Representations of Revitalization: Rural Tourism in Popular Media

Monday, 16 July 2018: 17:30
Oral Presentation
Heather MAIR, University of Waterloo, Canada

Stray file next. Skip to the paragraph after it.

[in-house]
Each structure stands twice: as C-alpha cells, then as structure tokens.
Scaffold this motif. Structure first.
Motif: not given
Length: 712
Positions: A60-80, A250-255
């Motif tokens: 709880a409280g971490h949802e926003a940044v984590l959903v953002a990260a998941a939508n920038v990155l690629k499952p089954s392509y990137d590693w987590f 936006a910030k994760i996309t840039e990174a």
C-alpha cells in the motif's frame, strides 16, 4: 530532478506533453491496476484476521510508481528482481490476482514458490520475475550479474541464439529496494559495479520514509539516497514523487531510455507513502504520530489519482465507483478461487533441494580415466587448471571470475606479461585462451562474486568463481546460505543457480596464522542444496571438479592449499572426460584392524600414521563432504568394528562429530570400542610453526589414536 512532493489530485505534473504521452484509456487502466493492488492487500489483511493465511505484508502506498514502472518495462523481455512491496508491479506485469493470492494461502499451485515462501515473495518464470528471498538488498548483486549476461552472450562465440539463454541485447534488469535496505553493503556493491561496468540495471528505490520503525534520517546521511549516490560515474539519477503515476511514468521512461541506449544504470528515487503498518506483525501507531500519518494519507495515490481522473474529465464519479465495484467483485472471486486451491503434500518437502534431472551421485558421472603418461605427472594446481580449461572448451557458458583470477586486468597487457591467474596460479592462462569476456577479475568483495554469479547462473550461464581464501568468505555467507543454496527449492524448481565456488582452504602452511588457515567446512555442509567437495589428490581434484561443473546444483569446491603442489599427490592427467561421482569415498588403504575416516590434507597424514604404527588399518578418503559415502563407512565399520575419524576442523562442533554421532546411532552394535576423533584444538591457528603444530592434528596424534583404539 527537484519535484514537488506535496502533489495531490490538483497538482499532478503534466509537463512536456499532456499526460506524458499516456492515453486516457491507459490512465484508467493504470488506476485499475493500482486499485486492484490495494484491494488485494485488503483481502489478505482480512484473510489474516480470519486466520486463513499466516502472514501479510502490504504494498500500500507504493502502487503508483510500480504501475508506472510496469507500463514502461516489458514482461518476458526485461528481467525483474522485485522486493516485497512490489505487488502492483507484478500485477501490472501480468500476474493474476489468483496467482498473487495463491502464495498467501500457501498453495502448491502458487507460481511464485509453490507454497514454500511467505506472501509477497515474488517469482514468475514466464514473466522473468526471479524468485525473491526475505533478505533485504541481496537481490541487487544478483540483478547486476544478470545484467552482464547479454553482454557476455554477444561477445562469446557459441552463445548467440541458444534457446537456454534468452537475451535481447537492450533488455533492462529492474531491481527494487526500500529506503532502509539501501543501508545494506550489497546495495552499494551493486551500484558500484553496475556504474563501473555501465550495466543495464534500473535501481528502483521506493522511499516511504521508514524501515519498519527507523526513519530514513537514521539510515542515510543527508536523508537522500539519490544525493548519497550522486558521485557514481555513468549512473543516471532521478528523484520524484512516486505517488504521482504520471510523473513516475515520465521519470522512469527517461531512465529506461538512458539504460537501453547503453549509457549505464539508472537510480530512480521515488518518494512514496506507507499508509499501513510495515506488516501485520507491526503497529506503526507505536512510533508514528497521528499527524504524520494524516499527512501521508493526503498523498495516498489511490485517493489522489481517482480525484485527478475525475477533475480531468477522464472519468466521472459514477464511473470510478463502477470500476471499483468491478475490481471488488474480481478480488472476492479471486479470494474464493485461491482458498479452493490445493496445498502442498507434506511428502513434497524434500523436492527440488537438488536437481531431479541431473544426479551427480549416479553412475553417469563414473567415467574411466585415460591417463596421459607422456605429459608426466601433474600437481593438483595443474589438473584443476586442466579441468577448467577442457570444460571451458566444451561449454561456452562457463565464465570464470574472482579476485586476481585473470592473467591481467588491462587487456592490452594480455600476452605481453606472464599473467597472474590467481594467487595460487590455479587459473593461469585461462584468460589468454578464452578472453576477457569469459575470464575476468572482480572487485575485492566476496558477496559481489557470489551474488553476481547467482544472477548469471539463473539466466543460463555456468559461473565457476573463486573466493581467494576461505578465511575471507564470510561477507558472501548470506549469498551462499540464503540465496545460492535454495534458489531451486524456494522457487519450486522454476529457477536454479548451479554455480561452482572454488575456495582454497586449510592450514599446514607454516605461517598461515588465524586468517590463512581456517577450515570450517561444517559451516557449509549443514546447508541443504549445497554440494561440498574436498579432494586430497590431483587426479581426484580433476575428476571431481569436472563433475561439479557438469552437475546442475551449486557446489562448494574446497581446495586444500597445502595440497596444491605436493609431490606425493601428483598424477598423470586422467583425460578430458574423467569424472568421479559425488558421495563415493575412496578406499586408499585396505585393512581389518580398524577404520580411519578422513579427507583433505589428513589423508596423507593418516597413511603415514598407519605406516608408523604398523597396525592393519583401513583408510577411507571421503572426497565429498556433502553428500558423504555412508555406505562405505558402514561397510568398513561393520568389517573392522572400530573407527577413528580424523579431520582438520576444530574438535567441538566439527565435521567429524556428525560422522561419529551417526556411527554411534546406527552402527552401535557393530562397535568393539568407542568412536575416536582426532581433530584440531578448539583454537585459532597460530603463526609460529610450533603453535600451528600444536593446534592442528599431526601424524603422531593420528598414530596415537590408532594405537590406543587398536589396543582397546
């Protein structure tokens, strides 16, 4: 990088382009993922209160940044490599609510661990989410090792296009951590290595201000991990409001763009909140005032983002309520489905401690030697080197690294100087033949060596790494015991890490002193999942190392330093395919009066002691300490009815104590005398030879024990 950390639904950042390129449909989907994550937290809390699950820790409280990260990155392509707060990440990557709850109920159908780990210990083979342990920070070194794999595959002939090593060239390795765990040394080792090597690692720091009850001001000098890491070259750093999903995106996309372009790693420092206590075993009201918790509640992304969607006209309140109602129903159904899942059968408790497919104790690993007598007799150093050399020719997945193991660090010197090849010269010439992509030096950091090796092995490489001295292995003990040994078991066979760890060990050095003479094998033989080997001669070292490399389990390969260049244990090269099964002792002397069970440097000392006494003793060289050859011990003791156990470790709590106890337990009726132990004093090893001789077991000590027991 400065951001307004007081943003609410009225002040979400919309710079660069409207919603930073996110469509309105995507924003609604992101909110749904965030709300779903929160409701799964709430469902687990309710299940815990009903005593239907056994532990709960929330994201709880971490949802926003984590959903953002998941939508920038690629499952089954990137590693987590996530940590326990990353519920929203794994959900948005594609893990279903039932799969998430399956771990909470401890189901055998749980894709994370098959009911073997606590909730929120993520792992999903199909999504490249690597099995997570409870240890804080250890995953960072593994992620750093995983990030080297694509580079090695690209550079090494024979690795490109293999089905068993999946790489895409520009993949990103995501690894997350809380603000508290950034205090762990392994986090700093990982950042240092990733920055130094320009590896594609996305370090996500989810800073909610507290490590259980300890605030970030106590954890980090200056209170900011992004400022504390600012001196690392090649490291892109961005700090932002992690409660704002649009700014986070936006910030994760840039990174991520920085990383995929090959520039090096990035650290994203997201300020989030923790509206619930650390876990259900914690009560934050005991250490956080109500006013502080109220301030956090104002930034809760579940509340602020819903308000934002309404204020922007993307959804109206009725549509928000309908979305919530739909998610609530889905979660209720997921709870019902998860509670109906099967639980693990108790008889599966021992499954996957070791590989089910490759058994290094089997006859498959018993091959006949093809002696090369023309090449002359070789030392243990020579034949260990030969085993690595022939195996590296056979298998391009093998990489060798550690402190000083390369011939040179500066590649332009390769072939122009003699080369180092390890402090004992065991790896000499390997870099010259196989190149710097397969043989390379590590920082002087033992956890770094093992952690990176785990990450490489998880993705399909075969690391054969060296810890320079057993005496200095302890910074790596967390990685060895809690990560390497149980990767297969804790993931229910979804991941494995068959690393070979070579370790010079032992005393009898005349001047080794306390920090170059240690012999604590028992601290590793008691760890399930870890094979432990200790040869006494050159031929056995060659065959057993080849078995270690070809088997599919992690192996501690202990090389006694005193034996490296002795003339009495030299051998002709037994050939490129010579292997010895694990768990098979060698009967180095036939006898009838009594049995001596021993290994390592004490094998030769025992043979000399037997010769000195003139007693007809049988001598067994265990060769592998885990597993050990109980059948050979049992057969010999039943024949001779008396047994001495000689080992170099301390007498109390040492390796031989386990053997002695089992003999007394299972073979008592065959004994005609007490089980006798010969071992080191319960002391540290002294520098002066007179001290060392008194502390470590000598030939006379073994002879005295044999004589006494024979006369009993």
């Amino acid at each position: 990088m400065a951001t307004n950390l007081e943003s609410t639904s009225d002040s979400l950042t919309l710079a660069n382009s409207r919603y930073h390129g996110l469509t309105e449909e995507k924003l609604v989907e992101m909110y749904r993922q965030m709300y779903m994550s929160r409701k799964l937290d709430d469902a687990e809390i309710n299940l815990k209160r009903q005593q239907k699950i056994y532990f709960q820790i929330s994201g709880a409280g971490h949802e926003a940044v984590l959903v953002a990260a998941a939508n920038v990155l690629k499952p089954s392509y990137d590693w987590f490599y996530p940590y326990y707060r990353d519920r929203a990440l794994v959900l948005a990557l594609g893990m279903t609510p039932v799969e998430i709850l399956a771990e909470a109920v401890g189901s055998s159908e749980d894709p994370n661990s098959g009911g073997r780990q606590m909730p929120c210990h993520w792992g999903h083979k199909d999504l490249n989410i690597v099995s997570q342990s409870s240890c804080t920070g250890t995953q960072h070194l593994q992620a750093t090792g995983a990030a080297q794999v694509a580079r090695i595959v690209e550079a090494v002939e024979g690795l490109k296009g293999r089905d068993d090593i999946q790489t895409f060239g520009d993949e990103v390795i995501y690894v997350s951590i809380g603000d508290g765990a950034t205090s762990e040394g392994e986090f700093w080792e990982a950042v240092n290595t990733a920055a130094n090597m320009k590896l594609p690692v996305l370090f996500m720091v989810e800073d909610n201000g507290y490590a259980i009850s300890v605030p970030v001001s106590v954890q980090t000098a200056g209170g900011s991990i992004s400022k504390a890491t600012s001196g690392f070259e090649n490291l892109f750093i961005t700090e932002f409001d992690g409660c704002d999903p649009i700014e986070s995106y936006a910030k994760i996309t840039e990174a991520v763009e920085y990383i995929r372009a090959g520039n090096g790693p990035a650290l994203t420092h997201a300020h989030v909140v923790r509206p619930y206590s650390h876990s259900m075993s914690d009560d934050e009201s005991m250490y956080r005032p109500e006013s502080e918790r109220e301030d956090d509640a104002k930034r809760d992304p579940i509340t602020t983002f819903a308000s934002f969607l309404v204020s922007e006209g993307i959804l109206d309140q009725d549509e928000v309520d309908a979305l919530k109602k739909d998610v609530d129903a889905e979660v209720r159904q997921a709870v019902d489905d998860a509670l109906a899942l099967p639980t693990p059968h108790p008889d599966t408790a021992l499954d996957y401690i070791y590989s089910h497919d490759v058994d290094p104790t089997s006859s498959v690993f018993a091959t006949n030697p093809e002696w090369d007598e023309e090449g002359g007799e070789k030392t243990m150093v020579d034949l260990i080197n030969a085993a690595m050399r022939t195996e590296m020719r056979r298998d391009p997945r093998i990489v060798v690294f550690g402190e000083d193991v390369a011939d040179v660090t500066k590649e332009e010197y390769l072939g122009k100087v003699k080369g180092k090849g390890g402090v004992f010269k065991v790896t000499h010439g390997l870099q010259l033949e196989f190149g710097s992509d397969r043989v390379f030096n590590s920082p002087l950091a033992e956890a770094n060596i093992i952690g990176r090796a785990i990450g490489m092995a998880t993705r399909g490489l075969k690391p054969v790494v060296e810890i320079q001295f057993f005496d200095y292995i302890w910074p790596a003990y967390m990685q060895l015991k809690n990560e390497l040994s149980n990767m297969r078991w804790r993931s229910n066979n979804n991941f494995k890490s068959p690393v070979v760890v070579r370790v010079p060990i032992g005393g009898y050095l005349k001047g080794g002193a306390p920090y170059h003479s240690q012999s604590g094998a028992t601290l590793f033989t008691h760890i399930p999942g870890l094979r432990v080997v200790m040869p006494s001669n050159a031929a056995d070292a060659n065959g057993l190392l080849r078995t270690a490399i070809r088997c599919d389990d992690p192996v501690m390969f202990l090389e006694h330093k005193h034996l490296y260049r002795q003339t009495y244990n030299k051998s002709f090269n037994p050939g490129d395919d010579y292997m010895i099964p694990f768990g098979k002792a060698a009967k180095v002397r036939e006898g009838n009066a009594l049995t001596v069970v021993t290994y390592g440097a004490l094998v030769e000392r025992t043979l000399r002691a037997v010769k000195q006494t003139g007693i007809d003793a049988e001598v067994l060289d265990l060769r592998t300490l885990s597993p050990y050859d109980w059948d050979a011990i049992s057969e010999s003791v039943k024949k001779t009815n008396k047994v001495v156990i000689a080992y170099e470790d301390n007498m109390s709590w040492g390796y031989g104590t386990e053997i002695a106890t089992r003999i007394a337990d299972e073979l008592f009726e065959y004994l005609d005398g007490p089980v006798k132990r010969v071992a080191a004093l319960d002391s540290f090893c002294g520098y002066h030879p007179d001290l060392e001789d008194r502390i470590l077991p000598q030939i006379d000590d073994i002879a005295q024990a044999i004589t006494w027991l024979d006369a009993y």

Building on a growing body of critical scholarship seeking to investigate the relationship(s) between rural places, tourism, and popular media (e.g., Andersson & Jansson, 2010; Jonasson, 2012; Mordue, 2009), the paper extends the discussion into representations of rural revitalization by presenting the results of an assessment of “Still Standing”, a popular Canadian reality television series now in its 3rd season. In particular, I consider the ways notions of rural development and revitalization are signified and symbolized in the show and explore the implications thereof. The show chronicles the experiences of Jonny Harris, a comedian/tourist who travels to rural communities that are "on the ropes" but have learned to "laugh in the face of adversity" (http://www.cbc.ca/stillstanding). After spending about a week in a pre-selected community, Harris writes and performs a stand-up comedy routine for community members. The television show features the stand-up routine as well as footage of the area and Jonny’s interviews with select community members. Although much of the material is humourous, there is a clear narrative highlighting efforts undertaken by residents to overcome a variety of social and economic challenges faced by their communities. Relying on past research exploring tourism and imagery, I use a critical discourse analysis approach to highlight how the show represents and reinforces a (typically) services-led approach to rural revitalization, which includes tourism, and which has deep implications for power relationships and for considering alternatives. The presentation ends with a re-imagining, following Edensor (2006, p. 489) who notes, “dramatizing the rural on screen and in fiction involves the citation of a stock of rural characters and settings that can be mobilized in the imagining of multiple ruralities”. I ask whether popular media could be mobilized to present different imaginings about what rural development and revitalization through tourism might entail.